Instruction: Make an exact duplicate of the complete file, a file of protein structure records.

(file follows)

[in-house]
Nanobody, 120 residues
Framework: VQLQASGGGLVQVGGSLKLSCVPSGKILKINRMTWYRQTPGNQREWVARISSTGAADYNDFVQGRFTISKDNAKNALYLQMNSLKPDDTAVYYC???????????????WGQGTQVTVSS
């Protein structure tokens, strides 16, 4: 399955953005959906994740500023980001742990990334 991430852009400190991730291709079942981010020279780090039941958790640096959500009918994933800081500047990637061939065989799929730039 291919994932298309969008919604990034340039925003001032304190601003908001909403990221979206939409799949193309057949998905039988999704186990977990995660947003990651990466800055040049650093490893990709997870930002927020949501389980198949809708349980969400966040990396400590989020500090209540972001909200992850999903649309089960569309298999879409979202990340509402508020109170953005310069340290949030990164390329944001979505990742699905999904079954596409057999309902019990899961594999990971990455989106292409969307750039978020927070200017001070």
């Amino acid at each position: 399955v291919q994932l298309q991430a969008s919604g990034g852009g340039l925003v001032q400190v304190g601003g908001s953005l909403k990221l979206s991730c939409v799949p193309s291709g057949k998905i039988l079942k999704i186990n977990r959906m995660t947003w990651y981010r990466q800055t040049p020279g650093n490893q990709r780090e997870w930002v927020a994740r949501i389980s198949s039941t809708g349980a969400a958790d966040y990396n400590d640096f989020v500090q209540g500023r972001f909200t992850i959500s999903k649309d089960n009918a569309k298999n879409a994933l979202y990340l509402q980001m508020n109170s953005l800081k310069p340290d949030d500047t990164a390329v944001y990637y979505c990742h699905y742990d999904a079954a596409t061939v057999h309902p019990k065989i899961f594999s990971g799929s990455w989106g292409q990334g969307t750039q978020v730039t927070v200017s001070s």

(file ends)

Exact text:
[in-house]
Nanobody, 120 residues
Framework: VQLQASGGGLVQVGGSLKLSCVPSGKILKINRMTWYRQTPGNQREWVARISSTGAADYNDFVQGRFTISKDNAKNALYLQMNSLKPDDTAVYYC???????????????WGQGTQVTVSS
């Protein structure tokens, strides 16, 4: 399955953005959906994740500023980001742990990334 991430852009400190991730291709079942981010020279780090039941958790640096959500009918994933800081500047990637061939065989799929730039 291919994932298309969008919604990034340039925003001032304190601003908001909403990221979206939409799949193309057949998905039988999704186990977990995660947003990651990466800055040049650093490893990709997870930002927020949501389980198949809708349980969400966040990396400590989020500090209540972001909200992850999903649309089960569309298999879409979202990340509402508020109170953005310069340290949030990164390329944001979505990742699905999904079954596409057999309902019990899961594999990971990455989106292409969307750039978020927070200017001070």
């Amino acid at each position: 399955v291919q994932l298309q991430a969008s919604g990034g852009g340039l925003v001032q400190v304190g601003g908001s953005l909403k990221l979206s991730c939409v799949p193309s291709g057949k998905i039988l079942k999704i186990n977990r959906m995660t947003w990651y981010r990466q800055t040049p020279g650093n490893q990709r780090e997870w930002v927020a994740r949501i389980s198949s039941t809708g349980a969400a958790d966040y990396n400590d640096f989020v500090q209540g500023r972001f909200t992850i959500s999903k649309d089960n009918a569309k298999n879409a994933l979202y990340l509402q980001m508020n109170s953005l800081k310069p340290d949030d500047t990164a390329v944001y990637y979505c990742h699905y742990d999904a079954a596409t061939v057999h309902p019990k065989i899961f594999s990971g799929s990455w989106g292409q990334g969307t750039q978020v730039t927070v200017s001070s």